Ireland Is Borrowing 32 PC Of GDP PER ANNUM!

Rob Kitchin writes Ireland after NAMA  The National Management Asset Agency, which buys troubled assets to ease the financial crisis.  This is an extract, which in one short paragraph explains why Ireland’s economic plight is the worst bar none within the eurozone.

A year’s tax receipts at present is €33bn.  

The €29.3bn that’s gone into Anglo has disappeared into a black hole never to be seen again.   Another €15.4bn has been pumped into the other banks (Bank of Ireland, AIB, Irish Nationwide, EBS), which hopefully will be recovered over the long term.  The €40bn or so going into NAMA may or may not pay back depending on the nature of the assets transferred in and whether the Irish property market recovers sufficiently over the next 10-15 years.   

The government are presently borrowing €20bn per annum to bridge the gap between tax receipts and the cost of running the country.  Since the bank guarantee two years ago, the Irish state has borrowed a fantastic amount of money, so much so that the Guardian reports that government debt now exceeds GDP, with the deficit 32% of GDP (easily the highest in Europe).  

If there is a reason that overseas investors are nervous, this is it.  Our economy has shrunk markedly, our unemployment and welfare bill grown significantly, our austerity measures do not seem to have worked, the banks have been financial blackholes, and we owe a fortune. Yet we are committed to reducing the deficit to 3% of GDP by 2014, committed to the bank guarantee, and to paying back our debts in full.

Another statistic not mentioned by Kitchin is that Irish banking liabilities are five times Irish GDP.  In economic terms this a high wire act.  It would be in Ireland’s best interests to default.  The austerity will otherwise last a decade.  But the EU can’t contemplate any Euro member doing that.  Without political direction, the proEU Irish political elites will play Brussels’ tune.  Ordinary Irish will pay a heavy price.  As Kitchin says, there will no doubt be more Black Days to come, which could send the crisis out of everyone’s control.  Let’s hope the plans for an orderly default are being prepared.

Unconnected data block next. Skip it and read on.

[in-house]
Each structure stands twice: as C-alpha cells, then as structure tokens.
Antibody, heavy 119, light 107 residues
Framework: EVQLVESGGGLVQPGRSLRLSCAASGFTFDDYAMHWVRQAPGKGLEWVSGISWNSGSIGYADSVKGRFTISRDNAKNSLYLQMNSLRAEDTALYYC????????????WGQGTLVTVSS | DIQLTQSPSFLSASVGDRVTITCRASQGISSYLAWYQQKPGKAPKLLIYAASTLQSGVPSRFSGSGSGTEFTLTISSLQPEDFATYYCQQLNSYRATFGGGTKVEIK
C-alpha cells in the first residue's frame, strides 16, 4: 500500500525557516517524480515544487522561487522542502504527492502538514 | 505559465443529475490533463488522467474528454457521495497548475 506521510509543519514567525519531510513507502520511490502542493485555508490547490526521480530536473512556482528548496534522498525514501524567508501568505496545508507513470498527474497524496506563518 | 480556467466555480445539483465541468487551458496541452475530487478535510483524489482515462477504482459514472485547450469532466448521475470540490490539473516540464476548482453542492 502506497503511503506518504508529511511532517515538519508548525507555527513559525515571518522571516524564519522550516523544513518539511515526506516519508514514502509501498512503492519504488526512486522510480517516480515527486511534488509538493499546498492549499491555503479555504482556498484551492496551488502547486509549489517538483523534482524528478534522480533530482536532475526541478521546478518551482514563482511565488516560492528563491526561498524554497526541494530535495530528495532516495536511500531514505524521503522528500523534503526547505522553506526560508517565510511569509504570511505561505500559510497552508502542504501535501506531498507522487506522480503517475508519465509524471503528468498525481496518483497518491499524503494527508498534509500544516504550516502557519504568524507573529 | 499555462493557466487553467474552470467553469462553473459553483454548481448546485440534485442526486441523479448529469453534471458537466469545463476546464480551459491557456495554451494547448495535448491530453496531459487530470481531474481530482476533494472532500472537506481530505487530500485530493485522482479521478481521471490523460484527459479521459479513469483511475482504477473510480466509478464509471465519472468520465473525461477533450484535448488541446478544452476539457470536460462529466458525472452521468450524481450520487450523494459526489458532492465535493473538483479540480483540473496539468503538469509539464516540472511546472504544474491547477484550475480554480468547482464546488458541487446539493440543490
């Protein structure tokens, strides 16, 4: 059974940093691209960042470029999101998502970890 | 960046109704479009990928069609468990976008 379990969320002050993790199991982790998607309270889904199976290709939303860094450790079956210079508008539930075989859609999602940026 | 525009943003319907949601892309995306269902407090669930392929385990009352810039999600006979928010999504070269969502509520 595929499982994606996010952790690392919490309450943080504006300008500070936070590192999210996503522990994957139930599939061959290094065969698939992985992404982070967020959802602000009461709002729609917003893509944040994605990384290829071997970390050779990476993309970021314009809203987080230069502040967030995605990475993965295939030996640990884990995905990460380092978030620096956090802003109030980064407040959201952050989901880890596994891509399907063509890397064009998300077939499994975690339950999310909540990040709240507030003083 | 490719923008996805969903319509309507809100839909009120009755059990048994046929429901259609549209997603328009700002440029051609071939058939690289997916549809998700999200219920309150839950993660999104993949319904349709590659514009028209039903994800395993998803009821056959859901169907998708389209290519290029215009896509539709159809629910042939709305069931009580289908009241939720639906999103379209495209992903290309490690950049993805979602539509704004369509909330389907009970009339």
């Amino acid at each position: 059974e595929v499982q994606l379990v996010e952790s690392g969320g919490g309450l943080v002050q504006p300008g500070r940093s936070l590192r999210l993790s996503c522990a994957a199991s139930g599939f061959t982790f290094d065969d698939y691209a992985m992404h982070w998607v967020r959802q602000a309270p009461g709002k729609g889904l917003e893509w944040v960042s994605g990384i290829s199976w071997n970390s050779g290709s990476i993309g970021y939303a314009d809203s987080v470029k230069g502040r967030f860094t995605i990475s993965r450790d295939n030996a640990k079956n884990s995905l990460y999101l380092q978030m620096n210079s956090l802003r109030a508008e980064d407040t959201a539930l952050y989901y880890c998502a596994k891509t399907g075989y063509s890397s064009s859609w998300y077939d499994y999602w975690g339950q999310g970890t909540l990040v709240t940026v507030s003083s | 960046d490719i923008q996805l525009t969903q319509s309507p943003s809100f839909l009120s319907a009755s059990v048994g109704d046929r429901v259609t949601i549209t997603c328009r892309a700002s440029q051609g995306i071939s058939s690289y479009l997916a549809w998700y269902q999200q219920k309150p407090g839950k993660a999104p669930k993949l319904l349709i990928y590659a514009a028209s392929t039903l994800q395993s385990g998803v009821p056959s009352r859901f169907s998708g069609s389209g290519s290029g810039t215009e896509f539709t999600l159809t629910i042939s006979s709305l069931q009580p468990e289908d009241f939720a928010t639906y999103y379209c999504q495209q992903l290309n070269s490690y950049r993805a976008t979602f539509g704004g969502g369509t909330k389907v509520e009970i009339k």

If Anglo fails, there will be nothing else in line to stop Ireland defaulting apart from EU money, backed up by money from the US.  The bill for rescuing Ireland and her banks could yet top hundreds of billions of Euros.  And that would merely be the cost of saving just one tiny eurozone economy.  The mind boggles at what the cost of saving the whole eurozone could yet become.  If the ECB issues the money, what IOUs can Ireland offer as collateral that would be worth much?  Do the world’s central banks want to be hung up with junk?  It will be cheaper in the long run to permit default, and get Ireland’s economy rolling again.


On Wednesday Standard & Poor’s, the credit rating agency, downgraded Anglo Irish’s subordinated debt by three notches to triple C and warned there was a “clear and present risk” of a restructuring of the bonds. Earlier this week, Moody’s Investors Service similarly downgraded the bank’s sub bonds, but also downgraded Anglo Irish’s senior bonds by three notches because of the “greater marginal risk” that the government would not support those creditors.

“I don’t expect that hospitals will have to close or schools will have to close, but I do expect a fundamental reappraisal of the public sector will have to take place in which we secure absolute value for money in the delivery of services,” Mr Lenihan said. (economics minister)